Importance of Feedback on Samples at Development Stage

One of the most familiar and common occurrences in all our workplaces is managers and supervisors constantly giving employees their feedback. Essentially this is how we get things done by showing the shortcomings or praising the work done. In this post our guest author Charm has explained the importance of establishing feedback system on samples at sampling stage in the apparel industry.
Feedback on sampling
Feedback on Samples

In apparel industry, we get feedback from various sources, starting with our buyers. From the moment they give us a techpack for sampling and until it reaches their warehouse, we are constantly get feedback from the buyer. Once the feedback received from buyers, information is given to relevant departments and individuals so they could take the necessary actions.

One distinct pattern of feedback flow in most of our companies is that information flow always top down and one way. Managers pass the feedback to supervisors and supervisors pass the information to relevant team leaders and team members. In a traditional organization this is normal and in order to manage daily events, tasks and achieve relevant KPI’s (Key performance indicators), giving the feedback to relevant employees is vital part of the management.

In a lean company, however, we recommend 360 degree feedback in order to ensure creating a great culture within the organization and of course to reduce waste. Often we find that the people who give the feedback not necessarily practically to do the work they comment on. 

For an example, once the tech pack received from a buyer, it is passed down to a product development merchandiser who will take it to the sample room. Sample room technicians and managers will get the samples done. Sample goes to the buyer and based on the comments development merchandiser and sample room update the tech pack prior to sending to production merchandiser.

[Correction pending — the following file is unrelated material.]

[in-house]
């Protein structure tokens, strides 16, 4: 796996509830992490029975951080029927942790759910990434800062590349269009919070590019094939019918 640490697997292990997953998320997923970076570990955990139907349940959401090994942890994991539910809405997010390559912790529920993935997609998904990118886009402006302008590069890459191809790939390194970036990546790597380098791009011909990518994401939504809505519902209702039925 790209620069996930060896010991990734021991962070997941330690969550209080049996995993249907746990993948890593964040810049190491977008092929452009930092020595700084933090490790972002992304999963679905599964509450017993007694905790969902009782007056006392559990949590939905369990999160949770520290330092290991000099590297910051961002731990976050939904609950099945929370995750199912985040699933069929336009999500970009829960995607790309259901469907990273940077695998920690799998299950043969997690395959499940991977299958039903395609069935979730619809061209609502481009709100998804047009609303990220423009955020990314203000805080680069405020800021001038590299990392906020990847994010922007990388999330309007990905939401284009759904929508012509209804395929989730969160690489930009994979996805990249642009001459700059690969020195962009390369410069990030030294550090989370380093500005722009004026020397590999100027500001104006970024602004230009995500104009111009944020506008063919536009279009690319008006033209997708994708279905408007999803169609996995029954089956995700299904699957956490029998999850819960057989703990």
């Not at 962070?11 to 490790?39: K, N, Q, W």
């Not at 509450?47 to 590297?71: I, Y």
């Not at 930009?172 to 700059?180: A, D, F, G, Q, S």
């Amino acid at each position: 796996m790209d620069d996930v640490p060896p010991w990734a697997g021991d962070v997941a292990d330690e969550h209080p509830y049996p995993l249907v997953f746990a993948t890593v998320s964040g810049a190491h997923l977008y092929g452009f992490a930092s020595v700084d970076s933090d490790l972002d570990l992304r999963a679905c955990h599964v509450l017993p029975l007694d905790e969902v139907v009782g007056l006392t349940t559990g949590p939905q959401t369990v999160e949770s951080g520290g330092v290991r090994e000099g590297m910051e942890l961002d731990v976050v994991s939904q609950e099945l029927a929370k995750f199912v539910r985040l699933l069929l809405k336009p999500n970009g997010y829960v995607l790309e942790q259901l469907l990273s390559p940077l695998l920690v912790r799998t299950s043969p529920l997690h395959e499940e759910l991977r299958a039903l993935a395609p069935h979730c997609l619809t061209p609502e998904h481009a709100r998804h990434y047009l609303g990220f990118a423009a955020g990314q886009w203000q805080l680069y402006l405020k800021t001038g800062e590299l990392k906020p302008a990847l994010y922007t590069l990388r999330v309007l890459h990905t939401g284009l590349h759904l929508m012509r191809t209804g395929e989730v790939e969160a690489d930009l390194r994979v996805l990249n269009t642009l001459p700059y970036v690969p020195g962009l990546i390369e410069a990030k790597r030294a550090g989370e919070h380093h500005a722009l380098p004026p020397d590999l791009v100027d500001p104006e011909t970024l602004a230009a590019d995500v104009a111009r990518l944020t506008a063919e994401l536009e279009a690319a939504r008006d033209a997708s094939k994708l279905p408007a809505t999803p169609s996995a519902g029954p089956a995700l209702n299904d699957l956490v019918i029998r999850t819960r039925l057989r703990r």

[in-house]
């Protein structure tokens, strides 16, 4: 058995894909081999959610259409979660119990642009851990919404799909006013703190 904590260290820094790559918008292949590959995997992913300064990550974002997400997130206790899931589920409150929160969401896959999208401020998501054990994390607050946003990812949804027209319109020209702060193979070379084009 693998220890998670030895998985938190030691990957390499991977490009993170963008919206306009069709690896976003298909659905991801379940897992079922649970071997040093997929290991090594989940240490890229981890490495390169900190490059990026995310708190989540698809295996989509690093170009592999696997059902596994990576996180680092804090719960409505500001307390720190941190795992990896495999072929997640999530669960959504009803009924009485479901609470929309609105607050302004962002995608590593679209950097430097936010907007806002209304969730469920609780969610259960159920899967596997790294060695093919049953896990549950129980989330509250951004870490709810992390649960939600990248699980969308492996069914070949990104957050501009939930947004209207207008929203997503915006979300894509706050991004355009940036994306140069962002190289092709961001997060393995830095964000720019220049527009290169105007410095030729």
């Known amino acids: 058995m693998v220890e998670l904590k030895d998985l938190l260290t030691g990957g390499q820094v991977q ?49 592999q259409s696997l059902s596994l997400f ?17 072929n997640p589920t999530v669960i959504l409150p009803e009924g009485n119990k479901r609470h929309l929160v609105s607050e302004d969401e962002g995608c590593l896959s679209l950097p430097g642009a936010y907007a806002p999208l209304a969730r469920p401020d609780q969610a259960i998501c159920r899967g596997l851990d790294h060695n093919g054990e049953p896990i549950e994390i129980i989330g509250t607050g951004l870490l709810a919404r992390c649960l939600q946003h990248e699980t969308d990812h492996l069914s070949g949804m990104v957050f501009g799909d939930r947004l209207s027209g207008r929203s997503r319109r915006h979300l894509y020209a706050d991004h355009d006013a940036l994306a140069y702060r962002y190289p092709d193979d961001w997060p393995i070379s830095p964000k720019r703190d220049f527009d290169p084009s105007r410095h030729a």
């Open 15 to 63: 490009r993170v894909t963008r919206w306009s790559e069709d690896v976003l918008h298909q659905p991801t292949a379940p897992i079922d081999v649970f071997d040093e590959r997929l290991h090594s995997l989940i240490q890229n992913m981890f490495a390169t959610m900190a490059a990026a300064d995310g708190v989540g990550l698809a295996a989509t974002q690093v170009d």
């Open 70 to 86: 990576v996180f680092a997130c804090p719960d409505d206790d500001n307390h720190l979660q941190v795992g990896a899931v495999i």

This is a typical everyday occurrence in our factories and we all familiar with such situations. Often this happens that when the production starts, they find so many bottlenecks in the production due to not making the sample and getting approval for bulk friendly method. In a sample room it is easier to do a sample using any technique as they have more skilled operators and facilities and they makes only few pieces of samples. Product development time (sample stitching time) also is not as tight as in a production line. So they have the opportunity to show their skill. However, in a production line none of those exist. 

Now let’s see what is the missing link here? If the sample room has a system where after completing a sample, all relevant department heads get together and have a feedback session to discuss about the sample. This discussion would help the company in so many different fronts. Operators, supervisors, technicians, mechanics and quality controllers can sit together and discuss the difficulties they faced while making the sample, come up with new bulk production friendly methods to sew it without altering the design features. Also another advantage here is that some of the suggestions and feedback will help to reduce SMV of the garment. Since prices already finalized at this stage, reducing SMV means higher profit margin for the company.

Also another advantage is based on the feedback from mechanics, technicians can ensure how to make the samples from the machinery available instead of hiring or purchasing new machines. All of these actions will not only make life easier for all involved but to save money too. 

Please note I am not discussing the risk assessment meeting done prior to sample making or bulk start. Typically feedback session should be done after making the samples as by then all involved have a good understanding about the sample they just did. As a result of the feedback session, all relevant managers and merchandisers and technicians aware the best methods and buyer can be informed about the suggestions when sending samples. Chances are 95% of the time buyer will agree to factory suggestions. 

In a typical company where lean management is in practice, suggestion boxes are a common sight. Encouraging employees to give feedback on the management, facilities, work and generally anything related work will have a positive impact on the company. When the employees are encouraged to provide feedback on the company, it helps to motivate employees. They feel their ideas and opinions are valued. This is a very important factor when it comes to retaining the employees.

About the Author: Charm Rammandala is the founder & CEO of IStrategy USA. He counts over two decades in fashion supply chain in diverse roles as Lean Manager and Model himself. He is an expert in rolling out programs in Lean apparel manufacturing and Sustainable labour costing. His former positions included being the first Lean Technologist at George Sourcing Services UK Ltd.

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